Let’s run down the top 10 of the Hot 100 (dated Oct. 19), which blends all-genre U.S. streaming, radio airplay and sales data. All charts will update on Billboard.com tomorrow (Oct. 15).
“Highest,” released on Cactus Jack/Grand Hustle/Epic Records on Oct. 4 (after it was initially teased in a Kylie Jenner Kybrow cosmetics ad in April), and the 1,090th leader in the Hot 100’s 61-year history, starts at No. 1 the Streaming Songs chart with 59 million U.S. streams in the week ending Oct. 10, according to Nielsen Music.
The song’s first-week streaming sum marks the best premiere since Ariana Grande’s “7 Rings” burst in earlier this year with 85.3 million (Feb. 2). Among solo males, “Highest” claims the strongest such start since Childish Gambino’s “This Is America” began with 65.3 million (May 19, 2018).
Available digitally and, in its first week, in a variety of physical formats (CD, cassette and vinyl; consumers also received a digital version when ordering the physical copies), the track bows at No. 2 on Digital Song Sales with 51,000 sold in the week ending Oct. 10. It ranks below the Radio Songs survey with 6.9 million audience impressions in the week ending Oct. 13.
The song is, as of now, a stand-alone single. “I’m taking my time to come up with the next album,” Scott said on Oct. 3. “I’m always down to drop music and serve some packs to the fans. It’s time for the fans to eat.”
Scott’s second No. 1: Scott adds his second Hot 100 No. 1, after “Sicko Mode” led the Dec. 8, 2018-dated chart. That track debuted at No. 4 and remained in the top 10 continuously before leading at last in its 17th week.
35th No. 1 debut all-time: “Highest” is the 35th single to start atop the Hot 100 and the first since Jonas Brothers’ “Sucker” in March. Three songs have debuted at No. 1 in 2019, as Grande’s “7 Rings” first did so in February.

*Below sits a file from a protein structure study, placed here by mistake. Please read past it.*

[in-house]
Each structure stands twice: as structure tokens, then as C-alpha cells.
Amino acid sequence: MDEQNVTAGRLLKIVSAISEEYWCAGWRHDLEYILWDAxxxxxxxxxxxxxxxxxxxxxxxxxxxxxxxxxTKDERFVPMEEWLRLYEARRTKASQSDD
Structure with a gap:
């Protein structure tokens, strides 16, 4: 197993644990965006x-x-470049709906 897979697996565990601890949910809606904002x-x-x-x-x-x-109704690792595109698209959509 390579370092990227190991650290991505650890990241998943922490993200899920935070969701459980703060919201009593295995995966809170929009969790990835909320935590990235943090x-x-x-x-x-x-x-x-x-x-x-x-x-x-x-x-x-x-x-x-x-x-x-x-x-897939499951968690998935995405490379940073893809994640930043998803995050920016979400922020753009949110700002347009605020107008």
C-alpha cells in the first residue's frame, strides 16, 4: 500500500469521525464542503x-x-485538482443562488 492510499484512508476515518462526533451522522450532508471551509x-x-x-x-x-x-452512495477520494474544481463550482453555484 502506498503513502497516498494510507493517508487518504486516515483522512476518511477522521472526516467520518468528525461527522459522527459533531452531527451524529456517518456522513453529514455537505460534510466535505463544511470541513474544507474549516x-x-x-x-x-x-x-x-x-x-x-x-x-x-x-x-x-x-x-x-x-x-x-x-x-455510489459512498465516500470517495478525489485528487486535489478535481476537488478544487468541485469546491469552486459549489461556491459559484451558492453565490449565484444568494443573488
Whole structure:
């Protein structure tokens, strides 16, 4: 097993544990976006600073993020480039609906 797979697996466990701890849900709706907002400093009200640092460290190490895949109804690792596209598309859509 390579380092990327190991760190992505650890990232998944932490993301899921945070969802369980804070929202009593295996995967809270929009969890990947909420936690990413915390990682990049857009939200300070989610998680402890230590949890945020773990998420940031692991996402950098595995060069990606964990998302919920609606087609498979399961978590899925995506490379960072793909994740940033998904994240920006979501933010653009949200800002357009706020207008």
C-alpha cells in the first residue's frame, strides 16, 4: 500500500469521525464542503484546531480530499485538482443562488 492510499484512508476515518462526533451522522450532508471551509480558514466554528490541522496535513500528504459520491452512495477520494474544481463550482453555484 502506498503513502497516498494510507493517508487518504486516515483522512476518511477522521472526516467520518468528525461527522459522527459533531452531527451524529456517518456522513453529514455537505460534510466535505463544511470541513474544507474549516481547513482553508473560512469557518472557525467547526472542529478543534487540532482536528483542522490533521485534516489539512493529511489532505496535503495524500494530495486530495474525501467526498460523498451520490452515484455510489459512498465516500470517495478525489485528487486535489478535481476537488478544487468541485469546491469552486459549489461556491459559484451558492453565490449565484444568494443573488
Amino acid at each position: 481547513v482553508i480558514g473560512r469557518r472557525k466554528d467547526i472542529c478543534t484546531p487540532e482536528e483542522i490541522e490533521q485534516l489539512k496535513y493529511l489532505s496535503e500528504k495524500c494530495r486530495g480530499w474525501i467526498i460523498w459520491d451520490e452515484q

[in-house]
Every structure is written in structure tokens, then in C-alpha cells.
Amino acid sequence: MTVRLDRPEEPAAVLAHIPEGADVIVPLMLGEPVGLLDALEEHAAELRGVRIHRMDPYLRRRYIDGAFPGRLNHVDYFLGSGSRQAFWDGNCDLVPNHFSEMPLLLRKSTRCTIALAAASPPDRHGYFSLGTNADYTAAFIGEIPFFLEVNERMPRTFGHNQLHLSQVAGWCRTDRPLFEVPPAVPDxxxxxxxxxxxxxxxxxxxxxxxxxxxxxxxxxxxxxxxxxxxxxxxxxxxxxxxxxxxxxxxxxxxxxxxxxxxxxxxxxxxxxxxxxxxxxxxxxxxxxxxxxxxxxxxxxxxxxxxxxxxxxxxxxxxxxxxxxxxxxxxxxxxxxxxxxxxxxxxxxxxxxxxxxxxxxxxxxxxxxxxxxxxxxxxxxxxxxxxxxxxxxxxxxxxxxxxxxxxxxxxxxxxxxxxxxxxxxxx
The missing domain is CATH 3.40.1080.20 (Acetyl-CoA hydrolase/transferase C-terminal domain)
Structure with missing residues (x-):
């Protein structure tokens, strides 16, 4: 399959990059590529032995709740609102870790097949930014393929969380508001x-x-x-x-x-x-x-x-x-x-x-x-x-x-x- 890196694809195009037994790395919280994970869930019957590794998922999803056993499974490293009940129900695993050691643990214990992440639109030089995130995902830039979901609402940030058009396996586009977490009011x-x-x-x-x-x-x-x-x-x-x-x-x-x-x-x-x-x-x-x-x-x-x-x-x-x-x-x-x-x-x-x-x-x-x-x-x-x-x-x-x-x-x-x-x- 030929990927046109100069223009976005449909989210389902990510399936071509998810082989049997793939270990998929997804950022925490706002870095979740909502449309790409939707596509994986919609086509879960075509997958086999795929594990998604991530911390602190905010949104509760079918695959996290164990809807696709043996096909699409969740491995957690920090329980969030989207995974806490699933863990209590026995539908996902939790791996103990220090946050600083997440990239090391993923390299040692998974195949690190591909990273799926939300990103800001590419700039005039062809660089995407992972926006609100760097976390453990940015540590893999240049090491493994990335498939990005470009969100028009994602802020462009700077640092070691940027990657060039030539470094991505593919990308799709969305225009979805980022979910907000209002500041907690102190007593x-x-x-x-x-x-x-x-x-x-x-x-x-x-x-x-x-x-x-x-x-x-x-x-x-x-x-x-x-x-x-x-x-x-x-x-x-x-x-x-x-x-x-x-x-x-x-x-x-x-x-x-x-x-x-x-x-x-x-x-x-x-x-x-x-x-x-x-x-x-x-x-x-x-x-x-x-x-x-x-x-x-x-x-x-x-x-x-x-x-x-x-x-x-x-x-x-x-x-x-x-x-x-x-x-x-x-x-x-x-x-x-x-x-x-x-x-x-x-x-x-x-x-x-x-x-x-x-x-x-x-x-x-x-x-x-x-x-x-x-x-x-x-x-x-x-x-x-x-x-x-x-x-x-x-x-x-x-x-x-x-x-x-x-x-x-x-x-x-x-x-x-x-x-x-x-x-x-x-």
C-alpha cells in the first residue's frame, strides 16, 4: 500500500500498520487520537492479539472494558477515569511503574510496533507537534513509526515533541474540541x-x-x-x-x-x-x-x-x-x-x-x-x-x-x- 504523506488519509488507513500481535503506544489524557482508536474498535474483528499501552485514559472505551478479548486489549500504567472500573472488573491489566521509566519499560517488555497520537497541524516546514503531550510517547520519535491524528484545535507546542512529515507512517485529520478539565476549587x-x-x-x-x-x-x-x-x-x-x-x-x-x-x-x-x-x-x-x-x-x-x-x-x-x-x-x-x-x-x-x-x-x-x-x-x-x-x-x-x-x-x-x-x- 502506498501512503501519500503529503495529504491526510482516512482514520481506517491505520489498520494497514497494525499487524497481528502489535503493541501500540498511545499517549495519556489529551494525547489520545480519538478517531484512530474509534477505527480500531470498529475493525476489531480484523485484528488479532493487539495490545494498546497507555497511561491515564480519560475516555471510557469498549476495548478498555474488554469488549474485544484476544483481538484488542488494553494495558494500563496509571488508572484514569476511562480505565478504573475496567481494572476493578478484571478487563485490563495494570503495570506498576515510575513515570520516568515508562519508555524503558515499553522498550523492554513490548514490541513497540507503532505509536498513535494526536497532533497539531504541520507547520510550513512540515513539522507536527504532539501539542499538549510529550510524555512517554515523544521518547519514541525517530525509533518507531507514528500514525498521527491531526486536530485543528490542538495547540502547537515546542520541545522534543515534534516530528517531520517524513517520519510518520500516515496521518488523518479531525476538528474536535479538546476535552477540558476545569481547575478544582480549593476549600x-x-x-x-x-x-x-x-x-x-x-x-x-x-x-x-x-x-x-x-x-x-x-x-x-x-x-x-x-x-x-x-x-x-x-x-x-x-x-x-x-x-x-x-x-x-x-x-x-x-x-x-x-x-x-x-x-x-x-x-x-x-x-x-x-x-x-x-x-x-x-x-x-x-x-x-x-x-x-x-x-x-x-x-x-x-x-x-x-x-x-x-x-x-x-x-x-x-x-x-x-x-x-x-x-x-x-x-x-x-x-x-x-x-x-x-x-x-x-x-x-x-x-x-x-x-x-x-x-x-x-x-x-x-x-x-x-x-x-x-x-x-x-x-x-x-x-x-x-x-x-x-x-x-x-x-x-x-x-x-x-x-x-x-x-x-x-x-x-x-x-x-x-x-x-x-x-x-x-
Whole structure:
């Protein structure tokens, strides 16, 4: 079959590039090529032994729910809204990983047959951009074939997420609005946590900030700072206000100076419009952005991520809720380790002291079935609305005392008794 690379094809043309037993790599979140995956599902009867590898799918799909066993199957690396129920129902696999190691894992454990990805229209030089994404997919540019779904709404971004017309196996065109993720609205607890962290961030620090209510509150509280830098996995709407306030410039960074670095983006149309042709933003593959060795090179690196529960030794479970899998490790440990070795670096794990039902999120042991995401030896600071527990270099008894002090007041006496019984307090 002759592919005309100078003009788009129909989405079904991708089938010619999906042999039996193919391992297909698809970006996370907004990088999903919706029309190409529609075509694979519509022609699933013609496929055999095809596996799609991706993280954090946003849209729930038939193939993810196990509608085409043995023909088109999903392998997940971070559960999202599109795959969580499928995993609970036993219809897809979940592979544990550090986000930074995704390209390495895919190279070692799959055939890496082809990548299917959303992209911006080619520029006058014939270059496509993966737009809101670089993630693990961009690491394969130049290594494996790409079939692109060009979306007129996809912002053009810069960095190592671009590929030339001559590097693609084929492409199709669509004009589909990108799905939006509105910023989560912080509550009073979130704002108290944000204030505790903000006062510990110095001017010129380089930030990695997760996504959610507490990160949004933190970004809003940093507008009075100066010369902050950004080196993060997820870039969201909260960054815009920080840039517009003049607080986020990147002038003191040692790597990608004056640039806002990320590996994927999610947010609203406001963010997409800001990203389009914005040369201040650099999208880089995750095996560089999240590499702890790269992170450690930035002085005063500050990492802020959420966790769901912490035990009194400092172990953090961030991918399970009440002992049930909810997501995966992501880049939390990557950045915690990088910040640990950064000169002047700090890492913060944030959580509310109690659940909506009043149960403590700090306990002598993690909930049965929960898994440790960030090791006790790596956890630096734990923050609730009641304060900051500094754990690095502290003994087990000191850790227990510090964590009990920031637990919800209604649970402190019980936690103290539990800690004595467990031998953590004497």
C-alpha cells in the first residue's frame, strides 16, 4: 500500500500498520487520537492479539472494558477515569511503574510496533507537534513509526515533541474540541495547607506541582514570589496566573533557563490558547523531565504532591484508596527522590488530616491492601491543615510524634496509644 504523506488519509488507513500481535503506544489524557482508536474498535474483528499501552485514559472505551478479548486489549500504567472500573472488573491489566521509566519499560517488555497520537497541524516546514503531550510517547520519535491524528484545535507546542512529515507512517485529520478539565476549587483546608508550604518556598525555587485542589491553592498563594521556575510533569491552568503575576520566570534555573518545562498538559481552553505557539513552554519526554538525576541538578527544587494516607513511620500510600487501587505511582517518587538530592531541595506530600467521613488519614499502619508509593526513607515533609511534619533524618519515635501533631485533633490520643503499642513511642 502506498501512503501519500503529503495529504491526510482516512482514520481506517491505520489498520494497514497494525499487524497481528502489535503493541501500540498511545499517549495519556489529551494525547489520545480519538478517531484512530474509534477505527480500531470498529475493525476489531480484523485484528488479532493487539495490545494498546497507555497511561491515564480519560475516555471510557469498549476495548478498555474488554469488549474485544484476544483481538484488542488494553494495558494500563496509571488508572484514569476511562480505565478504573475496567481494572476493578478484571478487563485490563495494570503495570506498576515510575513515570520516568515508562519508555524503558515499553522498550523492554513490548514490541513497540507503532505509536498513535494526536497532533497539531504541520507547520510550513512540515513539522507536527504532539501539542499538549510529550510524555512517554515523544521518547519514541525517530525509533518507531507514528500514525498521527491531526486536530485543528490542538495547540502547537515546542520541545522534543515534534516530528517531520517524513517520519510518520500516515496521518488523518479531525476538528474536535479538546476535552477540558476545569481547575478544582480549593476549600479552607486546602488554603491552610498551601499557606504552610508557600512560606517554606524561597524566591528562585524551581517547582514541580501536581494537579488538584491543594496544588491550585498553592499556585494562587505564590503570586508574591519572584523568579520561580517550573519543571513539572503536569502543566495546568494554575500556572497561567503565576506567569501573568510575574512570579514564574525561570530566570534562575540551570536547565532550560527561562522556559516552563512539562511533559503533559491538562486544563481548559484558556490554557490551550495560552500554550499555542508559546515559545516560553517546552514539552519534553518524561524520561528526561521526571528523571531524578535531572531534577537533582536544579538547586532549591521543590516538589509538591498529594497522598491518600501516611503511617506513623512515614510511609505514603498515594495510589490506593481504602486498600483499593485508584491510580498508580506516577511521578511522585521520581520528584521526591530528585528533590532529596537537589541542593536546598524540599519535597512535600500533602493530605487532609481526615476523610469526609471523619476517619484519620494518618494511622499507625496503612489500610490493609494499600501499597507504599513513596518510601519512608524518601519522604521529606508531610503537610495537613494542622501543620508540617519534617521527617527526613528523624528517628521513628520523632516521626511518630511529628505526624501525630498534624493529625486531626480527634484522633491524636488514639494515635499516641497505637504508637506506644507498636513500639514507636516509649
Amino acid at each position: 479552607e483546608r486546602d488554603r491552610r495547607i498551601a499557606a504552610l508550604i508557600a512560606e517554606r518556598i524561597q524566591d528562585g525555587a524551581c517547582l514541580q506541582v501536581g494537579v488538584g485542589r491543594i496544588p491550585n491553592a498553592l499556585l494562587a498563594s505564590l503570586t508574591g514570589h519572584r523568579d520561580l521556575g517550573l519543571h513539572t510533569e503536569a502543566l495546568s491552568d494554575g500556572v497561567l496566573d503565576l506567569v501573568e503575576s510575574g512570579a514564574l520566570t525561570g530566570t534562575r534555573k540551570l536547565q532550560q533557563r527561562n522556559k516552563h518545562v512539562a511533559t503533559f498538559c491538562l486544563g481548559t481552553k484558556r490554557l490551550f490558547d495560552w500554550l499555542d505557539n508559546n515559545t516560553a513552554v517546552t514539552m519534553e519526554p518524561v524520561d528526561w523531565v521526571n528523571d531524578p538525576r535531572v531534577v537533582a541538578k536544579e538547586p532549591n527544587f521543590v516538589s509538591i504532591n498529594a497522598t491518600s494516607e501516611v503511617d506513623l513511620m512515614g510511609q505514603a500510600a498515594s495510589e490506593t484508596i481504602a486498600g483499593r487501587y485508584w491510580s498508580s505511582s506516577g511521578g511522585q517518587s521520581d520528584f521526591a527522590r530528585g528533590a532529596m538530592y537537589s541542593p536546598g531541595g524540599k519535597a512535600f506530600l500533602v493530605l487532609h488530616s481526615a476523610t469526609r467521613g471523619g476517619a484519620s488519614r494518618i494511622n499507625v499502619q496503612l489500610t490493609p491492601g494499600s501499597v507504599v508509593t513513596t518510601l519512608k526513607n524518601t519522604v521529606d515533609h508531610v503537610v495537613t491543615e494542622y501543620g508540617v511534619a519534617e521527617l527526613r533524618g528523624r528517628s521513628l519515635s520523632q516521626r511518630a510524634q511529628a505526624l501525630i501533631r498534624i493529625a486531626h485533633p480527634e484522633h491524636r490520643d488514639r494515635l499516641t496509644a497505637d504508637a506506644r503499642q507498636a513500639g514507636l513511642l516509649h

Epic enjoys its third overall No. 1 arrival, after DJ Khaled’s “I’m the One,” featuring Bieber, Quavo, Chance the Rapper and Lil Wayne (released on both Def Jam and Epic), in 2017 and Michael Jackson’s “You Are Not Alone,” the first song to debut at No. 1, in 1995.
R&B/Hip-Hop & Rap ruler: “Highest” also debuts atop both the Hot R&B/Hip-Hop Songs and Hot Rap Songs genre charts (which employ the same multi-metric methodology as the Hot 100). Scott earns his third leader on each list, after “Sicko Mode” (10 weeks at No. 1 on each chart, beginning last November), which dethroned Kodak Black’s “Zeze,” featuring Scott and Offset, after a week at No. 1.
‘Highest’ love: Scott notches the fifth Hot 100 No. 1 with a form of the word “high” in its title, and now songs with “high,” “higher” and “highest” have all taken the top spot. It follows: “Ain’t No Mountain High Enough,” by Diana Ross (three weeks at No. 1, 1970); “The Tide Is High,” by Blondie (one week, 1981); “Higher Love,” by Steve Winwood (one, 1986); and “You’re Makin’ Me High”/”Let It Flow,” by Toni Braxton (one, 1996).
‘Room’ at the top: Meanwhile, the word “room” inhabits the Hot 100’s penthouse for the first time. It bests the prior such highest-charting hit: Brandy’s “Sittin’ Up in My Room,” which rose to No. 2 in 1996.